In 2015 NASA announced that they found definitive evidence of liquid water on Mars. But while obtaining a physical sample would revolutionize science, it’s forbidden by international law.
The Outer Space Treaty of 1967 prevents every nation on Earth from sending a mission, robot or human, close to a water source in the fear of contaminating it with life from Earth [PDF]. In its 140-million-mile journey from Earth to Mars, it’s possible that Curiosity has carried harmful microbes all the way from home. Even though NASA tries its best to sterilize all space-traveling equipment before launch by subjecting it to intense ultraviolet light, it still might harbor microbial hitchhikers.
In theory, NASA could turn up the heat and radiation to a level pretty much guaranteed to destroy any microbial life—but that could also end up wiping out the rover’s internal systems. "In order to be completely sterile, they'd have to use really powerful ionizing radiation or heat, both of which would damage the electronics,” University of New South Wales astrobiologist Malcolm Walter told Fairfax Media. "So they go as far as they dare."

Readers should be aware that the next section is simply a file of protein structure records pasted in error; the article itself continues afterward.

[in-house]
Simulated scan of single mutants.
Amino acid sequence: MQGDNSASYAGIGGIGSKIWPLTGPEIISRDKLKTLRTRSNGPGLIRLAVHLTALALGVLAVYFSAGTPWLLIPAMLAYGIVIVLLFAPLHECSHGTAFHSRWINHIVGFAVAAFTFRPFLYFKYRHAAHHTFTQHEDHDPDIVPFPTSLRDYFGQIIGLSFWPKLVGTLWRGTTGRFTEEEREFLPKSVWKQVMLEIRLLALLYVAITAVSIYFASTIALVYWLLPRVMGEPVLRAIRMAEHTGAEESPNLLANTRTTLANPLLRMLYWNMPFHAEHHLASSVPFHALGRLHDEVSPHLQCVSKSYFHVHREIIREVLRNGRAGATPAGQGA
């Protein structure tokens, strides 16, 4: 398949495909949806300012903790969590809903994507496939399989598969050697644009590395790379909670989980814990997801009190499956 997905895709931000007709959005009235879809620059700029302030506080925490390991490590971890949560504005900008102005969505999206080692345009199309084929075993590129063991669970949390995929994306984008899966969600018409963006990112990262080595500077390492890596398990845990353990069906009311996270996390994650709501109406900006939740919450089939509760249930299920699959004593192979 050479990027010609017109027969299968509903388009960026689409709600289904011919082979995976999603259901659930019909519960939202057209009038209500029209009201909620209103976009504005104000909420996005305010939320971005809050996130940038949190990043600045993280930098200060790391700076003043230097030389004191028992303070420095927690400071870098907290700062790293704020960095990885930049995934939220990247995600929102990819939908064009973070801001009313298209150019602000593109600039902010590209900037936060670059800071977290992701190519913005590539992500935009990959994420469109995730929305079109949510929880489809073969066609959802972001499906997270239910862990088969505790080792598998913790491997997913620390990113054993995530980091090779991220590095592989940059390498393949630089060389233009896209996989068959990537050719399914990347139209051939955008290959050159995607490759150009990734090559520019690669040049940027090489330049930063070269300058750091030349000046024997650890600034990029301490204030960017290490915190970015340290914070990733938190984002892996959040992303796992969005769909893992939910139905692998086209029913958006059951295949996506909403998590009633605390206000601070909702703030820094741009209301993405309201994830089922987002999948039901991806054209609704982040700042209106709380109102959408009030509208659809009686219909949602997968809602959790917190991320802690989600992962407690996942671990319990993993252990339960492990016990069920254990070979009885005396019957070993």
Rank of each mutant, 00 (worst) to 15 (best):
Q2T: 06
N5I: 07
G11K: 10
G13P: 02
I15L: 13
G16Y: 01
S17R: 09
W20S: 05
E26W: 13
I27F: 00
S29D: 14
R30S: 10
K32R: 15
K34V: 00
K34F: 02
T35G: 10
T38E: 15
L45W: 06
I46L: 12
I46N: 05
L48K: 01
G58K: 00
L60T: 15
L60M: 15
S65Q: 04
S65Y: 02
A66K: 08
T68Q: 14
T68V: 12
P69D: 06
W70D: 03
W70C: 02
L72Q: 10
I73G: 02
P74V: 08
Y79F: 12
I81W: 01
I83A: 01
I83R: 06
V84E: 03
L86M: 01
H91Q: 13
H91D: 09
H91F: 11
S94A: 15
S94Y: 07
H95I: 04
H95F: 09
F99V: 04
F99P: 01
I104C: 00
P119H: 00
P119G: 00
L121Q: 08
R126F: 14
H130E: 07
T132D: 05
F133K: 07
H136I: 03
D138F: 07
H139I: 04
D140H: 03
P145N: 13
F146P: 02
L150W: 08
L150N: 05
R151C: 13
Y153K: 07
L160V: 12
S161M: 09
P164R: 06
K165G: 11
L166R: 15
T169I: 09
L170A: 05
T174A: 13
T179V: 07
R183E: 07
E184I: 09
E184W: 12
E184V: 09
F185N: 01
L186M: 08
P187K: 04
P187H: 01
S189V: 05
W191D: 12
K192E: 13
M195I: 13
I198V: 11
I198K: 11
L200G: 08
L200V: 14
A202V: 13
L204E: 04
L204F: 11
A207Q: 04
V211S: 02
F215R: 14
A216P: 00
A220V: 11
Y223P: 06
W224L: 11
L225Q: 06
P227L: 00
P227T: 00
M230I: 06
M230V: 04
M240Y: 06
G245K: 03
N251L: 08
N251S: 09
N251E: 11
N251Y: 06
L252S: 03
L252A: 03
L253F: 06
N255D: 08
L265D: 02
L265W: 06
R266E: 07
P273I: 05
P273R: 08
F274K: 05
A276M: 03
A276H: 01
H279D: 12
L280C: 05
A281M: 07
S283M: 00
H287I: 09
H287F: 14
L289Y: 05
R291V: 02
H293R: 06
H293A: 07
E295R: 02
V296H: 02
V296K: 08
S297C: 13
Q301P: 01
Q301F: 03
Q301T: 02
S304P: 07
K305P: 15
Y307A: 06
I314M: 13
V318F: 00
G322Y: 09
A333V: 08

Another issue that would prevent Curiosity from investigating the water source is the terrain itself. The slopes where the streaks formed are steep and therefore difficult to navigate. Future Mars rovers could be designed with this hurdle in mind, and they could also come equipped with DNA sequencers to test for life or 3D-printing capabilities to build smaller bots with little to no chance of being contaminated.
NASA/JPL/University of Arizona
Unfortunately, it’s too late for NASA modify the next generation of Mars rovers, which is set to launch in 2020. The European Space Agency says it plans to send an organic molecule analyzer on its 2018 ExoMars mission, though they still wouldn’t be able to test Martian water unless they could guarantee 100 percent sterilization.
[h/t: Science Alert]